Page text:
Other smaller human contributions to environmental tritium include normal and accidental releases of tritium from nuclear reactors, and consumer products such as marine compasses (containing an activity of about 0.5 Ci), luminous dials on watches, and self-illuminated exit signs (containing an activity of about 20 Ci) in buildings.
The combined global inventory of natural and human tritium emissions is about 50 times greater than tritium levels from natural sources alone. The resulting estimated average concentration of tritiated water in the earth's waters is 0.00000027 Ci/m3 (or 10 Bq/L).
According to Straume  few studies are available on tritium-induced health injury in humans. Health-risk estimates for tritium are therefore based on the large number of experiments with animals and cell cultures. These experiments show that exposure to tritiated water results in mutations and cell disruptions that can lead to the health effects possible for ionizing radiation—cancer, heritable genetic effects, and reproductive and developmental effects.
These health risks are associated with exposures to tritium through inhalation, ingestion of HTO or OBT, or absorption of HTO through the skin. The health effects of ionizing radiation are proportional to the energy carried by the radiation and delivered to living cells.
Because the energy of electrons emitted during the decay of the tritium nucleus is insufficient to penetrate skin, this report does not address external radiation exposure, but only internal dose routes. The following exposure pathways were considered:
• Tritiated water vapor entering the body through respiration
• Tritium ingested with water during swimming or wading, home-grown foods, or breast-milk (in the case of infants) and absorbed into the body through the gastro-intestinal tract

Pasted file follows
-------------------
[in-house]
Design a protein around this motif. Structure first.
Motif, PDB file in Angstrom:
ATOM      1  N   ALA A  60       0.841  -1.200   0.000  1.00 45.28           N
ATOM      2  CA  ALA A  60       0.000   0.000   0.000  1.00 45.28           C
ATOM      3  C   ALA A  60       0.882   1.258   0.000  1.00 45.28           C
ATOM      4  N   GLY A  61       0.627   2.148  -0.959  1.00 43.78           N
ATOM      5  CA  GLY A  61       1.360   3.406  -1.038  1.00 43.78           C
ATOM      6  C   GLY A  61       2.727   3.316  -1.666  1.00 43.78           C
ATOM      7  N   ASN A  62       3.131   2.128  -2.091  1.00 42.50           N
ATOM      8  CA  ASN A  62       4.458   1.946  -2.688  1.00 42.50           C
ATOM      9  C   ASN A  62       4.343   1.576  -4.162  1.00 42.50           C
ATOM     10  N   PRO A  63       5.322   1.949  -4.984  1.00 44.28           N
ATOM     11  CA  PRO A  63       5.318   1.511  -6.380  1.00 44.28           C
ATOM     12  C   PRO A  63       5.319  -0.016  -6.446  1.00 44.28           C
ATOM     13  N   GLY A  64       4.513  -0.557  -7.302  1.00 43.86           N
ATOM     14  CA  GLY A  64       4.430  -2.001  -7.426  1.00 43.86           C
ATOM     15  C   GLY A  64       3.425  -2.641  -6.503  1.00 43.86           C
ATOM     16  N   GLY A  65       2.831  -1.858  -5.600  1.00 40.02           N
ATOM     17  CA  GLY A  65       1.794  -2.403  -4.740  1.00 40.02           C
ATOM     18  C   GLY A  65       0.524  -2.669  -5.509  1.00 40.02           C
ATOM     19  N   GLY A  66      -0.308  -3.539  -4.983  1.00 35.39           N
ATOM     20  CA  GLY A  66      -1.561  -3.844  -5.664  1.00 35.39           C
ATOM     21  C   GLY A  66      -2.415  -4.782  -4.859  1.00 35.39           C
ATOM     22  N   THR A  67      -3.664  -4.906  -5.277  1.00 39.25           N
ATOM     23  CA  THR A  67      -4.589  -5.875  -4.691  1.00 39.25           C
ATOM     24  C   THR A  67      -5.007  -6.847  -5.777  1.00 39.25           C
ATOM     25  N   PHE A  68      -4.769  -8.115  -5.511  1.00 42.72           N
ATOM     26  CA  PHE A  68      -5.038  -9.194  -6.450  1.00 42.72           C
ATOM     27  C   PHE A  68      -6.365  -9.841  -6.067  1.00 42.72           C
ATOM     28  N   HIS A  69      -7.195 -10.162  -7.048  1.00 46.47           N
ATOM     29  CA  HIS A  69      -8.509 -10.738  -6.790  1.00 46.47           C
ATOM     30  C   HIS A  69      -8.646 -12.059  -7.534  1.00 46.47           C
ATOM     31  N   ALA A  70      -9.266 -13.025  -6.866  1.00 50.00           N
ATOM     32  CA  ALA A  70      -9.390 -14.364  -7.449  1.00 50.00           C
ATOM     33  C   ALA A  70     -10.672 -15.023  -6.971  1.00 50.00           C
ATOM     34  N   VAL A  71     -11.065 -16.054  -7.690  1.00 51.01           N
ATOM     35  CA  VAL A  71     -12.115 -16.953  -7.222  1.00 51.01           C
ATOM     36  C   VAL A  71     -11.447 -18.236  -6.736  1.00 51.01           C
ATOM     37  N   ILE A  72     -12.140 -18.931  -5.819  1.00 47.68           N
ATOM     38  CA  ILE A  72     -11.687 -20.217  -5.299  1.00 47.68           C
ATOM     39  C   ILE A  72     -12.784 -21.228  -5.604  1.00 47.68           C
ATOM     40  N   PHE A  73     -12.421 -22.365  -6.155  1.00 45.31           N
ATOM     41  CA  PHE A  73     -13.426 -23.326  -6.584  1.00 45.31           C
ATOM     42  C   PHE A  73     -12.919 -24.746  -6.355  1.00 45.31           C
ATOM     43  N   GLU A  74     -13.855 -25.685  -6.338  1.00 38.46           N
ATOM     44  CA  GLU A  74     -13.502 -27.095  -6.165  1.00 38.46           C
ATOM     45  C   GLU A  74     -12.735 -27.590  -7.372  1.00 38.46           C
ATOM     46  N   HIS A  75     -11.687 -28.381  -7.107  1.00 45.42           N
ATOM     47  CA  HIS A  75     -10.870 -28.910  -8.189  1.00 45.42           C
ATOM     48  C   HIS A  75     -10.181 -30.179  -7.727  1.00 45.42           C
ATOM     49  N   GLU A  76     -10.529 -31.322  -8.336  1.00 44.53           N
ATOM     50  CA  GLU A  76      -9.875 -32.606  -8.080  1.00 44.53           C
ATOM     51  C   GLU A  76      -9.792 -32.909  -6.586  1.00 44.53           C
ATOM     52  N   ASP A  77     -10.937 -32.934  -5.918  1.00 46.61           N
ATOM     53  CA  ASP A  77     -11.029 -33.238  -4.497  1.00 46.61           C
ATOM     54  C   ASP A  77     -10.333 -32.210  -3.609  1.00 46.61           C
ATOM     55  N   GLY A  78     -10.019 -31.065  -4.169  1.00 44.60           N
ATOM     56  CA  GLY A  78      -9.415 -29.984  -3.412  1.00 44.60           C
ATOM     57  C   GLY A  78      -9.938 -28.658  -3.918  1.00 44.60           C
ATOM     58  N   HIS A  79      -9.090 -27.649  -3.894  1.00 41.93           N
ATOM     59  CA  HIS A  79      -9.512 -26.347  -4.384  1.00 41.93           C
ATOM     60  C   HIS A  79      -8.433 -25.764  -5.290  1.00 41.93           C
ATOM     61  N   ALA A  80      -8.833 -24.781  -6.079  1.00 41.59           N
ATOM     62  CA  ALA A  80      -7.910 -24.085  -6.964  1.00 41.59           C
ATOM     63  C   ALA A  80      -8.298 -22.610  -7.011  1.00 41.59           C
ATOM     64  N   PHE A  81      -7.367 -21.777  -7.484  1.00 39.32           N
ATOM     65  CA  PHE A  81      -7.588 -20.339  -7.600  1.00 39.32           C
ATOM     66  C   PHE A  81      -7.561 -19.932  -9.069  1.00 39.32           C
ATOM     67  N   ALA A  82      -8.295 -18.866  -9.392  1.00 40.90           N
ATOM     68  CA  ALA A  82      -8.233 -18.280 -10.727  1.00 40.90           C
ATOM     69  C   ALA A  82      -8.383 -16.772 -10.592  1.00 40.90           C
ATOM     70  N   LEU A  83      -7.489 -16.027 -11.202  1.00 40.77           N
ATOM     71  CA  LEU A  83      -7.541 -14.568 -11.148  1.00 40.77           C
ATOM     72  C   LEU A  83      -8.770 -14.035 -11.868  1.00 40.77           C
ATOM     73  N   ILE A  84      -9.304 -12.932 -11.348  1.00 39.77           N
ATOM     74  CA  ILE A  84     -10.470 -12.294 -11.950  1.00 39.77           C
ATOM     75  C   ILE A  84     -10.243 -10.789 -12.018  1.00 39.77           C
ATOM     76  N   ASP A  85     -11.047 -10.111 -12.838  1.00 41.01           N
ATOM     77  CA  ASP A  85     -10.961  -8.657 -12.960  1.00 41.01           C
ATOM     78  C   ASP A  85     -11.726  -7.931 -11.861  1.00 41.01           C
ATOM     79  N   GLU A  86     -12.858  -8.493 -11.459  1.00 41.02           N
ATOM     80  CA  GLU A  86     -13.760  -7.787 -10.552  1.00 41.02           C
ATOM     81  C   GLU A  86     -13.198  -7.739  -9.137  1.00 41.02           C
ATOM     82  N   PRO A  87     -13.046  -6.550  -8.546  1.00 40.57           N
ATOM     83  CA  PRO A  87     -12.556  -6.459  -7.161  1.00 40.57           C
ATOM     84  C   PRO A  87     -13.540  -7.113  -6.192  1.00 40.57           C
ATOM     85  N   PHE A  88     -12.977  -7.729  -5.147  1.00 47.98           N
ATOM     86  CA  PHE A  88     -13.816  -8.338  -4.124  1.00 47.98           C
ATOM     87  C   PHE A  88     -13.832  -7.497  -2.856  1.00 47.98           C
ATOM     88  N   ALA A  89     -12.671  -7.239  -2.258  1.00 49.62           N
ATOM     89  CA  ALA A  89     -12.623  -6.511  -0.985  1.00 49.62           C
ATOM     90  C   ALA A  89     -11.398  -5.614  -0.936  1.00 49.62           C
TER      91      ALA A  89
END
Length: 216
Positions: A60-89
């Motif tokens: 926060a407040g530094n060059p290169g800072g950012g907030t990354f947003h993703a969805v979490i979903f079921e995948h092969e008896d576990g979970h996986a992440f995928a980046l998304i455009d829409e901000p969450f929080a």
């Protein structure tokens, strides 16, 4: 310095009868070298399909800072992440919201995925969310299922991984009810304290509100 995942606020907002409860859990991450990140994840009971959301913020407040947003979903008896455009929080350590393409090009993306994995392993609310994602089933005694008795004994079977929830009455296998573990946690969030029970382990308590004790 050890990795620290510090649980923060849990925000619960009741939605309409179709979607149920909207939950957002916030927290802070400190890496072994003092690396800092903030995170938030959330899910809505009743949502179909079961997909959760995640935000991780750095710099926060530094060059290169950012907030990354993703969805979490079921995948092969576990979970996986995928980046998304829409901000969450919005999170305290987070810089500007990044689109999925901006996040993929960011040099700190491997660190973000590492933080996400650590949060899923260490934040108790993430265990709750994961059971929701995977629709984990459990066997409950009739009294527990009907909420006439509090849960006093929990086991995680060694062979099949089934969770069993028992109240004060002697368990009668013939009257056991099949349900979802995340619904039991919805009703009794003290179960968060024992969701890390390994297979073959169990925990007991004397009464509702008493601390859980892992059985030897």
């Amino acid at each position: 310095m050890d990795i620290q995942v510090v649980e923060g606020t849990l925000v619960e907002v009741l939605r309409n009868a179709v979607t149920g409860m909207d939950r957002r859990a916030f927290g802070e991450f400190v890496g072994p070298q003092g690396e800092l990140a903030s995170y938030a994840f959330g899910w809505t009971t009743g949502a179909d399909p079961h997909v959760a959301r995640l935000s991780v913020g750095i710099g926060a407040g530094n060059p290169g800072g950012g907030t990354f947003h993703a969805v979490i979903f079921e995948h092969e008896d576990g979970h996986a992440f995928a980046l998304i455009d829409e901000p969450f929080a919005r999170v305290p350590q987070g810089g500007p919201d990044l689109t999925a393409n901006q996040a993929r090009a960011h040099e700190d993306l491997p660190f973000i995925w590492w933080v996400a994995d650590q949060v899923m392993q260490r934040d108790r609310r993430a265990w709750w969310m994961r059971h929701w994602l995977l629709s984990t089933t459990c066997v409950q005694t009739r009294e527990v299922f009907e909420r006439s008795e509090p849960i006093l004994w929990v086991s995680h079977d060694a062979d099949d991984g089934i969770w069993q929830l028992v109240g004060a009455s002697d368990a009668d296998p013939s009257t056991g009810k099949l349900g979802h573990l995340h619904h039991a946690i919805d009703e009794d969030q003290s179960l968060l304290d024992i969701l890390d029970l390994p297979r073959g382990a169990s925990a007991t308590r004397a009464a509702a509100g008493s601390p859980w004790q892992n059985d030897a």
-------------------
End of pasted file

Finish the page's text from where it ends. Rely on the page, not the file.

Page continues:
• Tritium from tritiated water vapor in air taken through the skin
• Tritium from tritiated water in surface water taken through the skin during activities that involve dermal contact with the contaminated water, i.e., washing, swimming, and wading in surface water
• Tritium transferred from the body water of pregnant women to the developing fetus
When tritiated water enters the body it acts just like normal water, spreading throughout the body and delivering a uniform radiation dose to all soft tissues. Using the modeling techniques discussed in Chapter 4, we determined that it takes about 10 days for half the intake or uptake of tritiated water to be discharged out of the body. This period is called the biological half life. For tritium that is ingested as OBT (e.g., from garden vegetables grown by residents of Zone 2), the biological half-life is on the order of 48 days.
The NTLF is the only facility at LBNL that uses tritium in significant quantities, and accounts for almost all airborne tritium releases from LBNL. The NTLF occupies Building 75 on the LBNL site (see Figure 1-1).
Biomedical researchers use tritium labeling to investigate administration, distribution, metabolism, and excretion characteristics of new pharmaceuticals, among many other applications. These investigations are carried out on cell systems, not animal or human subjects. More than 250 users have visited the NTLF since 1982 to label almost 500 compounds.
Tritium labeling is unique, as well as cost effective and precise, in its ability to reveal individual steps in chemical reactions as well as their yields. The tritium labeling process replaces hydrogen atoms with tritium atoms in the molecule to be studied. The labeled molecules are radioactive and therefore readily identified and traced.
The NTLF provides important public health benefits. In addition to its tritium labeling operations, the NTLF is a research facility. Collaborative research projects initiated over the past three years have shown new ways to use tritium labeling to study cell metabolism and biomolecular structure and function. NTLF staff members are active in publishing articles and reports on these and other subjects and in presenting their work at scientific conferences.
Like hydrogen, the tritium molecule's small size allows it to diffuse easily through all kinds of materials. This makes it difficult for a system to be fully resistant to tritium leakage. NTLF design and operations provide multiple layers of defense to restrict the release of tritium to the environment. From 1970 to 1995 tritium releases from the NTLF averaged 138 Ci/yr. In 1990 an emissions reduction plan was implemented that has substantially reduced annual emissions (see Figure 2-1 and Appendix I).
Figure 2-1. Annual releases of HTO from the NTLF.